American Bittern (Botaurus lentiginosus)

Photo by Travis Mahan American Bittern by Travis MahanAmerican Bittern distribution map


Population Information

The Federal BBS information can be obtained at by clicking on Trend Estimates and selecting the species in question. All estimates are for time period (1966-2005).

Life History

Habitat Selection

Across its range the American Bittern appears to use a wide variety of shallow emergent marshes and wetlands, and is known to nest in idle grasslands adjacent to wetlands. Robbins (1991) lists the habitat utilized in Wisconsin as wooded swamp, shallow marsh, and sedge meadow.  In comparison to the sympatric Least Bittern, the American Bittern uses a wider variety of wetland cover types, less densely vegetated sites, shallower water depths, and exclusively freshwater habitats (Gibbs et al. 1992). The average wetland size for American Bitterns nesting in northern Minnesota was 36.7 ha (Hanowski and Niemi 1986), and similar results from other Midwestern states suggests that American Bitterns select for larger patches of appropriate habitat (Dechant et al. 2001). American Bitterns presumably use similar habitats in migration to those used for breeding. 

Habitat Availability

In the early 1900s, ornithologists reported that the American Bittern was found in all suitable localities throughout Wisconsin, but were most numerous in the southern third of the state. Today, this pattern is reversed; the American Bittern is a more common summer resident in northern and central Wisconsin and an uncommon breeder in the southern parts of the state (Gostomski 2006). The largest concentrations of bitterns are found at large, publicly owned wetland/waterfowl complexes such as Crex Meadows or Horicon Marsh. Different local, state, federal, and non-governmental agencies are purchasing and managing wetlands for waterfowl and other wetland species. Many of these areas contain populations of American Bitterns, but it is not known if these areas are sufficient to sustain bittern populations statewide. As bittern populations shift northward, complexes such as Thunder Lake Wildlife Area or Powell Marsh may become more important. Many bitterns also were documented through the Wisconsin Breeding Bird Atlas in scattered wetland complexes across the northern half of the state but more work is needed to assess the importance of these sites.

Population Concerns

Few population data exist for this secretive wetland species. The American Bittern is detected on very few routes of the Breeding Bird Survey (BBS) but these data seem to indicate population declines range-wide and in Wisconsin (Sauer et al. 2005). Systematic, walk-through searches and counts of nesting and migrant American Bitterns are needed to better document population trends (Hands et al. 1989).  The overwhelming threat to American Bittern populations both locally and nationwide is loss of wetland habitat. Over half the original wetlands in the coterminous U.S. have been destroyed.  Inland freshwater wetlands, the most important nesting and wintering areas of American Bitterns, are among the most threatened habitats (Gibbs et al. 1992). In agricultural areas, chemical and agricultural runoff also may degrade habitat and impact prey populations. More work is needed on wintering grounds to assess potential threats.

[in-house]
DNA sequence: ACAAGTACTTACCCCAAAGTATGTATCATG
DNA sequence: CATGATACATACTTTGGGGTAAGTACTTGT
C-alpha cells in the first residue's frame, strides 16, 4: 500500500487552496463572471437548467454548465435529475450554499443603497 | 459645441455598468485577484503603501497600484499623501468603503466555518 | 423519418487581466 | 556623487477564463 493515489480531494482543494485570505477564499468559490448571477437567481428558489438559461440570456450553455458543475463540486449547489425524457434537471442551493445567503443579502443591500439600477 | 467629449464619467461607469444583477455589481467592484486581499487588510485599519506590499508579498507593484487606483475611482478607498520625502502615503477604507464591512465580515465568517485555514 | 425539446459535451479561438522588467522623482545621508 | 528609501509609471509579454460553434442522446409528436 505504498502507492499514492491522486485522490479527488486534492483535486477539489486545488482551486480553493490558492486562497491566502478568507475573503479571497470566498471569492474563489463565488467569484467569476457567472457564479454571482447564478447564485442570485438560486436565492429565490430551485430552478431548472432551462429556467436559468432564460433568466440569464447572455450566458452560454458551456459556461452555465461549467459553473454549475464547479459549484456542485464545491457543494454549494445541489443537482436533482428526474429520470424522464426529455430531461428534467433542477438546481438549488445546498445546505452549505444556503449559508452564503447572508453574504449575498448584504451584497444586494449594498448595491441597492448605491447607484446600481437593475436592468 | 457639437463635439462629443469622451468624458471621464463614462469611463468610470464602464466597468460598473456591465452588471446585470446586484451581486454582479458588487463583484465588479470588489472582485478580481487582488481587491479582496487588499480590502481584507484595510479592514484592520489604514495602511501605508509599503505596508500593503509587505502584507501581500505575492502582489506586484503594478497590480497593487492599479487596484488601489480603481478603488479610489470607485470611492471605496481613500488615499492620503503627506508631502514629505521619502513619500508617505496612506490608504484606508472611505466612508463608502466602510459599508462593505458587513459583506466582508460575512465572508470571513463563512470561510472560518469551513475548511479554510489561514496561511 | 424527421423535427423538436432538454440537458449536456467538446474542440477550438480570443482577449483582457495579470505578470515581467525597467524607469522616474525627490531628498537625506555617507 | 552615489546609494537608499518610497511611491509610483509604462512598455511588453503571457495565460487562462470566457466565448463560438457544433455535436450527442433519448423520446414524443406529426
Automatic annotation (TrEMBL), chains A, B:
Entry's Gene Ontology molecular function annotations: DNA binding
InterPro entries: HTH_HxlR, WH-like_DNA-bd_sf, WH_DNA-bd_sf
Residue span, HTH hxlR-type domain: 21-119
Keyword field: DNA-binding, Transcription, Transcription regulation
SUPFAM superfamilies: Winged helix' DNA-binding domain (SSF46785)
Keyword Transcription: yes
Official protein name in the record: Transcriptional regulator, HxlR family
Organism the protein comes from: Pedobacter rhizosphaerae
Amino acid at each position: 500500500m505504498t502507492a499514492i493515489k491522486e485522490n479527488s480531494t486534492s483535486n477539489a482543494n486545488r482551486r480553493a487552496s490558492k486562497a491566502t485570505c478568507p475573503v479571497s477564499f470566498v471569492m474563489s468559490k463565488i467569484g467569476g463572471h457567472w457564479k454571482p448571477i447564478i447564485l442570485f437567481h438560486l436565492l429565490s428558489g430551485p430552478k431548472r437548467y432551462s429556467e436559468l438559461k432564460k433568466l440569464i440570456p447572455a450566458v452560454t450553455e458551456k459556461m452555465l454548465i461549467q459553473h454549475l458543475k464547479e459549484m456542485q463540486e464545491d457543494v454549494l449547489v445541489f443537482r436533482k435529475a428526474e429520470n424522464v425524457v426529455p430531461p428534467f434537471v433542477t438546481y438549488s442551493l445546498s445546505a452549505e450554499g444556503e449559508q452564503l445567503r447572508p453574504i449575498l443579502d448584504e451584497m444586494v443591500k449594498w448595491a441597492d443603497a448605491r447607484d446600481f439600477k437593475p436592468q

Recommended Management

Wetland protection, both from development and degradation, is of primary importance in managing this species. This can be done through conservation easements, land purchases, tax incentives, management agreements, continuation of the Wetland Reserve Program, and enforcement of wetland-protection regulations. On existing public wetland properties, managers are encouraged to maintain a complex of wetlands of sufficient size (wetlands 20-30 ha in size up to 180 ha) to provide habitats at various stages of succession. Maintain water levels at <61 cm throughout the breeding season (April-August) and avoid complete drawdowns before mid-August on at least some portions of the wetland. During molting, bitterns need relatively deep, stable waters to provide adequate food and protection from predators. Use slow drawdowns to mimic natural wetland succession (Dechant et al. 2001). Conservation and management strategies for this species should be focused in the following Wisconsin ecological landscapes: Central Sand Hills, Central Sand Plains, Forest Transition, North Central Forest, Northwest Lowlands, Northwest Sands, Southeast Glacial Plains, and Superior Coastal Plain (WDNR 2005).

Research Needs

Annual population surveys at selected sites would elucidate the status of American Bittern and other wetland birds, such as Least Bittern and Black Tern (Hands et al. 1989). A standardized monitoring system for wetland birds as well as available wetland habitat is needed to better assess impacts of land use changes. Mitigated wetlands also should be monitored in order to assess their conservation value. Remarkably little is known about the biology of this species (Gibbs et al. 1992). Studies designed to answer questions about home range, dispersal, diet, mating systems, and habitat requirements are all vital to future conservation efforts.

Information Sources


Contact Information

Kreitinger, K., Y. Steele and A. Paulios, editors. 2013.
The Wisconsin All-bird Conservation Plan, Version 2.0. Wisconsin Bird Conservation Initiative.
Wisconsin Department of Natural Resources. Madison, WI.

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